Cybersecurity Shockwave: Scattered Spider Hacking Group Strikes MGM Resorts and Caesars Entertainment

In a shocking development, the Scattered Spider hacking group has announced that it successfully infiltrated the systems of two major casino operators, MGM Resorts International and Caesars Entertainment, making off with a substantial six terabytes of data. As both companies are now racing to assess the full scope of the breach, this incident underscores the ever-present threat to digital data and the evolving strategies employed by cybercriminals.

A representative for the Scattered Spider hacking group communicated with Reuters through the encrypted messaging platform Telegram and made it explicit that their primary intention was not to publicly release the stolen data—a departure from the typical modus operandi of cybercriminals who often accompany data breaches with ransom demands. The spokesperson also refrained from confirming whether the group had approached either company with ransom requests, stating, “If MGM chooses to release that information, they will. We do not engage in such practices.”

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The identity of the group’s contact, provided to Reuters by a cybersecurity expert overseeing the malware sample repository “vx-underground,” remains veiled in secrecy. Both Caesars and MGM have yet to disclose the exact extent of the data that was compromised.

Caesars Entertainment took the bold step of reporting the breach to regulators, revealing that on September 7, hackers accessed data related to a significant number of its loyalty program members. This data included sensitive information such as driver’s license numbers and social security numbers. Notably, Bloomberg and The Wall Street Journal previously reported that Caesars had paid a ransom in response to the attack, though Caesars itself has neither confirmed nor denied these reports.

MGM Resorts International also confirmed that it was grappling with a “cybersecurity issue.” As of the latest reports, the casino and hotel giant continues to experience disruptions to its operations, with visuals of slot machines displaying error messages circulating on social media platforms. The impact on MGM’s operations underscores the serious nature of the breach.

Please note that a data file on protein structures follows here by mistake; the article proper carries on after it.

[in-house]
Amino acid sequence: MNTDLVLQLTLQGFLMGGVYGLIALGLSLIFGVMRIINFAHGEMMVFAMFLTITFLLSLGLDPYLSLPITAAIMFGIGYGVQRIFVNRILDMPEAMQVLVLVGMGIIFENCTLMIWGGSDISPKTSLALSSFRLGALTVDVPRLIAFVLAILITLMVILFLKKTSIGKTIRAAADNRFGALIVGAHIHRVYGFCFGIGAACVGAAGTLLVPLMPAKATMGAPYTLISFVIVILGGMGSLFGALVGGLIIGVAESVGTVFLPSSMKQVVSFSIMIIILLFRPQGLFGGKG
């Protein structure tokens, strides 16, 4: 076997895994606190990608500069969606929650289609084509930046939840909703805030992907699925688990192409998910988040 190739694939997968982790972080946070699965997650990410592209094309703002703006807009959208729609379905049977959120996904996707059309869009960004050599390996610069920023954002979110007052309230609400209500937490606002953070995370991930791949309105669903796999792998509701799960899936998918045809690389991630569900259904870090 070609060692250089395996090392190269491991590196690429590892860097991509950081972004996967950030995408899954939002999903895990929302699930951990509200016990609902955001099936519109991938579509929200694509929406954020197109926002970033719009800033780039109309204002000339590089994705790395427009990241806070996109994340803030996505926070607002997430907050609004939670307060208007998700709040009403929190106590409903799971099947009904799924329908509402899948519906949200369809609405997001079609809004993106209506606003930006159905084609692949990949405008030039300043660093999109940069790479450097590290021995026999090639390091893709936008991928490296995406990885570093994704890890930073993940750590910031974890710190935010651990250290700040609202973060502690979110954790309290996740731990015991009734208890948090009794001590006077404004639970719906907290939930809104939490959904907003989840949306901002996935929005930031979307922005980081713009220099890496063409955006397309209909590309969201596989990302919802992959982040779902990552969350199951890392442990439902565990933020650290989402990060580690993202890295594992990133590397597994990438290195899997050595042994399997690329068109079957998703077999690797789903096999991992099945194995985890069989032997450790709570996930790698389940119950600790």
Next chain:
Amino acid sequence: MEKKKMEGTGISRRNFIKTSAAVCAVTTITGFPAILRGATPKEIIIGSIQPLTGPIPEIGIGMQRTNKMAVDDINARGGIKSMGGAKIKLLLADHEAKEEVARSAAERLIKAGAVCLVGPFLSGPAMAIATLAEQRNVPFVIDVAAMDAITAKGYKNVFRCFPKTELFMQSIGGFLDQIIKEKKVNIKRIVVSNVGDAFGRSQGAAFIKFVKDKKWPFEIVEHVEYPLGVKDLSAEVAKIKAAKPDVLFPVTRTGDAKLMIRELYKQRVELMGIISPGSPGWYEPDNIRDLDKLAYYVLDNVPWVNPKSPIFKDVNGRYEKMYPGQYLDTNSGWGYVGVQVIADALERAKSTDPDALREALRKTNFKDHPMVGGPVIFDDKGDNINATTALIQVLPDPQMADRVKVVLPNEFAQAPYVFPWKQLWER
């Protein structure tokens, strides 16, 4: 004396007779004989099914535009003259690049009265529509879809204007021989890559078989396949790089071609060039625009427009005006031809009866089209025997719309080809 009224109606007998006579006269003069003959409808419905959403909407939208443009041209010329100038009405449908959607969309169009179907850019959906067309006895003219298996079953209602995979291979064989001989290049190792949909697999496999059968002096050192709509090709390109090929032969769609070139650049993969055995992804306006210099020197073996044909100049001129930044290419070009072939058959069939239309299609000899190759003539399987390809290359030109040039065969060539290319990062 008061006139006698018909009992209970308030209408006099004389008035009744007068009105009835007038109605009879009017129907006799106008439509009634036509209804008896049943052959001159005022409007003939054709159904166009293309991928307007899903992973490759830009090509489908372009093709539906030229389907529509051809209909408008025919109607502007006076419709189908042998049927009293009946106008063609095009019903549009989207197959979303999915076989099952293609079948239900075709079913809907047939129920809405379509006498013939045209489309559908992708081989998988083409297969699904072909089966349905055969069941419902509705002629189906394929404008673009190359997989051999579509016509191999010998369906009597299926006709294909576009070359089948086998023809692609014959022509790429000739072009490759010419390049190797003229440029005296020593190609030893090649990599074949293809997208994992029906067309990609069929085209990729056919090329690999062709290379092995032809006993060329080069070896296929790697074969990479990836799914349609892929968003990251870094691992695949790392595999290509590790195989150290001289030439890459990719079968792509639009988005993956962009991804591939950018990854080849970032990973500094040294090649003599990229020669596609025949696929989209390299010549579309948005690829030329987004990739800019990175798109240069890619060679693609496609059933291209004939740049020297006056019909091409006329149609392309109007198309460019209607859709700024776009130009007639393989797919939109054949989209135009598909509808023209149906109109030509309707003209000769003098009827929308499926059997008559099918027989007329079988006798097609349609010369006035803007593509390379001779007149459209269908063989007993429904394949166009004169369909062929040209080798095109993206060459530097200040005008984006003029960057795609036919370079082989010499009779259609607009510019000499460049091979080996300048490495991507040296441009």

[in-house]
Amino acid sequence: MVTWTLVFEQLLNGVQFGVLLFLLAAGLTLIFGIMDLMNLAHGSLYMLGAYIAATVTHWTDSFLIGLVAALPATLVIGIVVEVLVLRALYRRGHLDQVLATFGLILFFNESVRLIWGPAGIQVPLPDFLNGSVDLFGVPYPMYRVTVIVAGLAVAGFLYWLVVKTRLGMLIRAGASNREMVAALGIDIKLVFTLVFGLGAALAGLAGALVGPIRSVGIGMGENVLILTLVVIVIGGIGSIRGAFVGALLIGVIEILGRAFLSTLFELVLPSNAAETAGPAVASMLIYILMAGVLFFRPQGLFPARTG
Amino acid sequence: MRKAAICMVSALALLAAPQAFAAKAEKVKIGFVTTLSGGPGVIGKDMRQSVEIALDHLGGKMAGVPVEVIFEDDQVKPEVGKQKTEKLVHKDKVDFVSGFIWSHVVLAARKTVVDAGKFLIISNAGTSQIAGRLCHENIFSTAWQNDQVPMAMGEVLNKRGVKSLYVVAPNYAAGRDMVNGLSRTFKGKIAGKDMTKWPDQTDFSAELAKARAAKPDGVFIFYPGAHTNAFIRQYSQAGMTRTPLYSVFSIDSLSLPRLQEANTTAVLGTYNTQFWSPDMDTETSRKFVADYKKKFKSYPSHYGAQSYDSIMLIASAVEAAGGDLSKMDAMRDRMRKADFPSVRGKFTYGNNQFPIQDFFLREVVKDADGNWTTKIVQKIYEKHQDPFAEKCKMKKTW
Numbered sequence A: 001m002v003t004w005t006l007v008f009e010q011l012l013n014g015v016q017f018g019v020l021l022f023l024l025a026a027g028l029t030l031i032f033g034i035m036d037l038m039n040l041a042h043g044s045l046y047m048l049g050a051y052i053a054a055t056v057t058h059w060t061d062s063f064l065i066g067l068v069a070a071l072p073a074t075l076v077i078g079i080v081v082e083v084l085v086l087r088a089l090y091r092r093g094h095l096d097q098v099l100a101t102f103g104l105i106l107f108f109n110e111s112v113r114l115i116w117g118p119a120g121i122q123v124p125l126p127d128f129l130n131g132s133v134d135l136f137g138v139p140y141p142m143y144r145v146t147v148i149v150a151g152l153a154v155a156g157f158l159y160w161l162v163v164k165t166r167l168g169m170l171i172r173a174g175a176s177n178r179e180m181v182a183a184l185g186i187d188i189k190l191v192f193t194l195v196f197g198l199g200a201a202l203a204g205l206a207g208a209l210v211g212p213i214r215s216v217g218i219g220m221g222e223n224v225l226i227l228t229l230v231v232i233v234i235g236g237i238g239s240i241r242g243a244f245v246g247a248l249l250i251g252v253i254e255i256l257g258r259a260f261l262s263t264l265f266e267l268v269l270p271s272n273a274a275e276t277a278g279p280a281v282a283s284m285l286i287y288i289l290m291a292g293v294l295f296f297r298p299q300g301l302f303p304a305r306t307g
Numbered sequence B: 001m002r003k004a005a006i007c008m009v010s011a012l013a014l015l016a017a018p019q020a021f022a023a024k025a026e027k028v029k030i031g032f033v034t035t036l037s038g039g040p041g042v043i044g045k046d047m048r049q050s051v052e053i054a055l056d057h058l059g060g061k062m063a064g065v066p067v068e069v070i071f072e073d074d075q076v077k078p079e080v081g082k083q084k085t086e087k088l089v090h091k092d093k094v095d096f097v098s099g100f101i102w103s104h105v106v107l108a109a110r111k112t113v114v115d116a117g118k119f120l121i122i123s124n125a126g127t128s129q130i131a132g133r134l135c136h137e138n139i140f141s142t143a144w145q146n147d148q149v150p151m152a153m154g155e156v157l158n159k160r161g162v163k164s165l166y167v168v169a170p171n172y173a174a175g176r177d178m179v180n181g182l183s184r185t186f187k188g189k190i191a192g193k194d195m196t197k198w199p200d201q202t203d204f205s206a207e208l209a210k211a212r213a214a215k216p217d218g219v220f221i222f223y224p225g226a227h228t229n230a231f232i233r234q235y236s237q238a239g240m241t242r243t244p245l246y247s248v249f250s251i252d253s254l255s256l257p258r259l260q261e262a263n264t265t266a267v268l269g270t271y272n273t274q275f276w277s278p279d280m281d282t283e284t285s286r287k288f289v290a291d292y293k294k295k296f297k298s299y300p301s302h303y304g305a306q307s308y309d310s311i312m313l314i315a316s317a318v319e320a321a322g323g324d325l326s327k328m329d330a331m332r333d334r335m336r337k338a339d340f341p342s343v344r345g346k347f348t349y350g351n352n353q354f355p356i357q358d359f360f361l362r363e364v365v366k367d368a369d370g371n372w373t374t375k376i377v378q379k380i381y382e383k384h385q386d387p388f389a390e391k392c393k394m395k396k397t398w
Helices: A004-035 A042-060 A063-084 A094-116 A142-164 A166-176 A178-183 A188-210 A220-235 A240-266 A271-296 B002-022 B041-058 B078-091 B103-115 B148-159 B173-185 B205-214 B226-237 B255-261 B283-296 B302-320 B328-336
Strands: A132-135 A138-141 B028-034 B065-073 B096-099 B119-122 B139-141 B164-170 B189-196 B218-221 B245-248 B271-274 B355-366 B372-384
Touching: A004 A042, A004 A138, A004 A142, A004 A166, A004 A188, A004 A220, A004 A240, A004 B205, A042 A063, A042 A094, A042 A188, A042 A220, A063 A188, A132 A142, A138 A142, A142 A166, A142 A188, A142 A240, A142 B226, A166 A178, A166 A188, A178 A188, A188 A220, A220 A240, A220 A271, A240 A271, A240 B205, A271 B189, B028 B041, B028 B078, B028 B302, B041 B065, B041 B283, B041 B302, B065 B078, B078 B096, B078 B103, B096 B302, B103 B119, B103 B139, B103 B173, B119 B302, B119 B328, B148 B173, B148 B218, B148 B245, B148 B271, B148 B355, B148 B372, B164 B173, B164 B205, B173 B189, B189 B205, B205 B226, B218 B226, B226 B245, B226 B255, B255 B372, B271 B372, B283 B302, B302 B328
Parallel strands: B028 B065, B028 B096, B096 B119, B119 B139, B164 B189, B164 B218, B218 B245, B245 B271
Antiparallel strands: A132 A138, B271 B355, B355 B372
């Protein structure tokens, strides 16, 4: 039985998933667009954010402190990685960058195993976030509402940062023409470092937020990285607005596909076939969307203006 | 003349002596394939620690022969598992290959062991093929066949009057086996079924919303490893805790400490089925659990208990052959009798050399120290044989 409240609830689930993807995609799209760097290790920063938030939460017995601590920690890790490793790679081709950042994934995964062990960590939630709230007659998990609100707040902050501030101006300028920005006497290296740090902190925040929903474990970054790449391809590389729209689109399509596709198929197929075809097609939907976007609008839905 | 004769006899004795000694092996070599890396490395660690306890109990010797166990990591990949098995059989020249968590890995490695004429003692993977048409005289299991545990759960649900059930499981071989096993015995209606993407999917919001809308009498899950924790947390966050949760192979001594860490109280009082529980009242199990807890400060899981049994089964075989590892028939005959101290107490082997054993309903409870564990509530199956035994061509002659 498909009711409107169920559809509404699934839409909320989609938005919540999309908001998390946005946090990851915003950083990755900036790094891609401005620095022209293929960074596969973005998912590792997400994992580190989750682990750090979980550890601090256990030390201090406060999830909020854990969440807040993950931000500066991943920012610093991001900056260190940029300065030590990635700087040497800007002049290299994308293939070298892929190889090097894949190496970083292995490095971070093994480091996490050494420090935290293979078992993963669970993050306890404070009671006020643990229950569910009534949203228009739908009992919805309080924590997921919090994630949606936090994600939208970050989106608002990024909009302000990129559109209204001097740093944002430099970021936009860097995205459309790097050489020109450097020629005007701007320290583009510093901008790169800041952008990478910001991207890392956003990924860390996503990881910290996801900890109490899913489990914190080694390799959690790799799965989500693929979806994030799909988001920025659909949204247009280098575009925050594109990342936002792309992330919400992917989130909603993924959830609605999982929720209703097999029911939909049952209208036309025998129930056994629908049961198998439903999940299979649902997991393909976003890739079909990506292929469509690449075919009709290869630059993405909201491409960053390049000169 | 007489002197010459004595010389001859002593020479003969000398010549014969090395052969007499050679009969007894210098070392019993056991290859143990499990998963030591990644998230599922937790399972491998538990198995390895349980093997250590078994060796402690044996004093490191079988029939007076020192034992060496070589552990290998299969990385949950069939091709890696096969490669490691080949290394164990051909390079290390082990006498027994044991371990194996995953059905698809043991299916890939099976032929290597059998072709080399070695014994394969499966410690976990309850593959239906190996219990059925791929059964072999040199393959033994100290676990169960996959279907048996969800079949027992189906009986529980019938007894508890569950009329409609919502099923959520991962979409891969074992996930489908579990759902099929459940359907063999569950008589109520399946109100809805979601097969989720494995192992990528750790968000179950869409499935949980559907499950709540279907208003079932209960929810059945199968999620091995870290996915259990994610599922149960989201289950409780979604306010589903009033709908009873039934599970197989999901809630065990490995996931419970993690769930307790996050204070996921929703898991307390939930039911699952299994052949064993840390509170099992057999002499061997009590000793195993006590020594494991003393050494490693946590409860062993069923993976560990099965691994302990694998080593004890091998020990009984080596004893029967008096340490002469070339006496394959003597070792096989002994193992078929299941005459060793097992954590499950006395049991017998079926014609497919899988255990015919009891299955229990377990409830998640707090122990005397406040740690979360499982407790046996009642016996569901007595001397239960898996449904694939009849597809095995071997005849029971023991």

Scattered Spider, also known as UNC3944, has emerged as one of the most disruptive hacking groups operating in the United States, according to Google’s Mandiant Intelligence. Over the past year, this group has gained notoriety for its highly effective social engineering tactics. The hackers are known to initiate contact with an organization’s information security teams by phone, posing as employees in need of password resets.

Marc Bleicher, a security analyst with experience in investigating such hacks, noted, “They tend to have most of the information they need before that call to the helpdesk – that is the last step.” Mandiant has linked Scattered Spider to over 100 intrusions in the last two years, affecting a wide range of industries, including gaming, technology, retail, telecommunications, and insurance firms.

The multinational nature of the group’s members further complicates efforts to track and combat their activities. According to Charles Carmakal, chief technology officer at Mandiant, Scattered Spider’s members appear to be dispersed across several Western countries.

Caesars Entertainment attributed the breach to a “social engineering attack” on an IT vendor the company used. It didn’t quantify the financial impact.

Some analysts believe Scattered Spider is a subgroup of the ALPHV, a ransomware hacking outfit that emerged in Nov. 2021, according to Mandiant.

The FBI said it was investigating the incidents at MGM and Caesars, and declined further comment.